Another example of an African American character wanting acceptance and recognition from this supreme white society is Janet Miller. Janet Miller is the “tragic mulatta” of the story as she is shunned by her half white sister, Olivia. Early in the novel Janet expresses that she, “would have worshipped this sister, even afar off, had she received even the slightest encouragement,” (Chesnutt 85). At this point, Janet wanted the same acceptance as her “equals” like Sandy or Mammy Jane, however, she is a product of slavery and would serve as a reminder to everyone that a white man entered willing relations with an African American woman. Her character also serves as a question of legal marriage between a white man and an African American woman that the Carterets refused to recognize until it was too late. It shows the corruption of how a white society is willing to deny rights to an heiress on the basis that she is black. The act of burning the legal document that gave Janet the credibility she longed for her whole life was stripped from her by Olivia. She did it cold heartedly and only regretted the act until she realized her dilemma of morals and values versus legalities.
By the end of novel we see Janet’s feelings toward acceptance and recognition altered from before as she learns the true nature of her sister and white society. The words between the two sisters arouses mixed feelings of emotion from both characters and leaves the readers vexed by the unresolved ending posed to them by Chesnutt. In Janet’s speech to Olivia she fervently states, “For twenty-five years I, poor, despicable fool, would have kissed your feet for a word, a nod, a smile. Now, when this tardy recognition comes, for which I have waited so long, it is tainted with fraud and crime and blood, and I must pay for it with my child’s life!” (Chesnutt 246). The readers can see the complete turnaround of emotion in Janet towards her longing for acceptance. She no longer feels ashamed or out of place. She was able to establish her own identity as a wife and mother, and found her role outside of the white society she was always peering into. Janet found the true characters of her sister and her society and found it to be something she and her husband can never be a part of. Chesnutt further represents these feelings of resentment and disgust for their white supremacy society with Janet stating, “I throw back your father’s name, your father’s wealth, your sisterly recognition. I want none of them,” (246). This is a bold statement on behalf of the African American community that Chesnutt poses, yet, the vexation has not presented itself. He continues by Olivia giving Janet the power to save the child’s life.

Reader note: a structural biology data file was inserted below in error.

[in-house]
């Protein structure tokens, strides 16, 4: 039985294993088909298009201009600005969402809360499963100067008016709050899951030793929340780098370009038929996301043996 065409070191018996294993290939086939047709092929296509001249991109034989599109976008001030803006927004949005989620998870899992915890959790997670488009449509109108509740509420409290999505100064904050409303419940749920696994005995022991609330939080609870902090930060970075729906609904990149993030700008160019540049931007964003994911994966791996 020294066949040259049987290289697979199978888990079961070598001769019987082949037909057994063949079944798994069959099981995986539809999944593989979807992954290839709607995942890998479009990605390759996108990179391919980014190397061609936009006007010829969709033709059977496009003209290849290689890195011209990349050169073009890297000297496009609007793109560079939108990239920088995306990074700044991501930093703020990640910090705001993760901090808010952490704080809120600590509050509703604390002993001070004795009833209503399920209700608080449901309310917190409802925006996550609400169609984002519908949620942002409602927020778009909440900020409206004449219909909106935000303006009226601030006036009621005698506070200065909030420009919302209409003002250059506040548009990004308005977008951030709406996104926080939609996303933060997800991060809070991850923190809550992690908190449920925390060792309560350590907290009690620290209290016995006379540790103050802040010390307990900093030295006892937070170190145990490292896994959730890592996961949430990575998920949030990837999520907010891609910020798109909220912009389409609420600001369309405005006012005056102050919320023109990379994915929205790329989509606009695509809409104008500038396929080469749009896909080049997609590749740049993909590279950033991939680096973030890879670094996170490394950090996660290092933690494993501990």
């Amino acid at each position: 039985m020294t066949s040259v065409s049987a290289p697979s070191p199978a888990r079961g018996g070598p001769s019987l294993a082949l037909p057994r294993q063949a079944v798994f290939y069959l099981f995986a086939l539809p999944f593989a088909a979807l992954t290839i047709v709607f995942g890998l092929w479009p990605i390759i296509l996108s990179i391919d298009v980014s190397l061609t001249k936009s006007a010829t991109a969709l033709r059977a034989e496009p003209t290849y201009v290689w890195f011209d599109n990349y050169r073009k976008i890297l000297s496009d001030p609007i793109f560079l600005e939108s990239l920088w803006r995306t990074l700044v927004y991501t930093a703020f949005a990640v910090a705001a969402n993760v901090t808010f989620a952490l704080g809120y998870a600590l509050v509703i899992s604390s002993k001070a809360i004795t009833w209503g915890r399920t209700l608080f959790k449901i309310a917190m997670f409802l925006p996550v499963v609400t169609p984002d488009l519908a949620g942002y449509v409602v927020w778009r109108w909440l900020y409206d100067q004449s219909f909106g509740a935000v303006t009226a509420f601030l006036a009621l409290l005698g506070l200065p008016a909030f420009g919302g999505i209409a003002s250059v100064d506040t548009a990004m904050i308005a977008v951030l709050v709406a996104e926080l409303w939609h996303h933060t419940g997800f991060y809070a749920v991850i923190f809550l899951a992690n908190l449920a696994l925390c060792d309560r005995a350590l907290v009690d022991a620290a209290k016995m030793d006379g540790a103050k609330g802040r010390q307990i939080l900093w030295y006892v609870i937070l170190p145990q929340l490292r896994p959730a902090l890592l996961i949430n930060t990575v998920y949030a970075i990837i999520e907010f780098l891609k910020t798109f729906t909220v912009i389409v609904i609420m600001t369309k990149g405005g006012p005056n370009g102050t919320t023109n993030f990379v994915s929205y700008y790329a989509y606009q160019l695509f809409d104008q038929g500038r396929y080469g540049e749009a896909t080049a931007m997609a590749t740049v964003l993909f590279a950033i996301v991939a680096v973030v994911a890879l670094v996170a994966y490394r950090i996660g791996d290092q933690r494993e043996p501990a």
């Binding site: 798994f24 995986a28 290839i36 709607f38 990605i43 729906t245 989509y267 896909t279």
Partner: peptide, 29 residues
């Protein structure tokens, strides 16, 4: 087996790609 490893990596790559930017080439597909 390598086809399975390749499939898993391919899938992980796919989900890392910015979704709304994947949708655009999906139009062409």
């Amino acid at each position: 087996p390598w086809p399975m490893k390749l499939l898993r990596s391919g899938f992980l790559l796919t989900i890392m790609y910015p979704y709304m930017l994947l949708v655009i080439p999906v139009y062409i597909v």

Some readers could interpret that this is a kind hearted gesture from Olivia in giving Janet the power in this situation over her beloved child. One could argue that she truly did have a change of heart at the end of the novel, however, the readers never get to see if the ultimate outcome of the situation. We will never know if Dodie is saved and the two families unite and overcome their differences in an effort to integrate society peacefully. Chesnutt himself did not come to this conclusion because he ended the story with Dr. Miller walking in the room with intentions to save the child. Even Chesnutt could not create a fictional world where blacks and whites can overcome their differences and assimilate into society as one.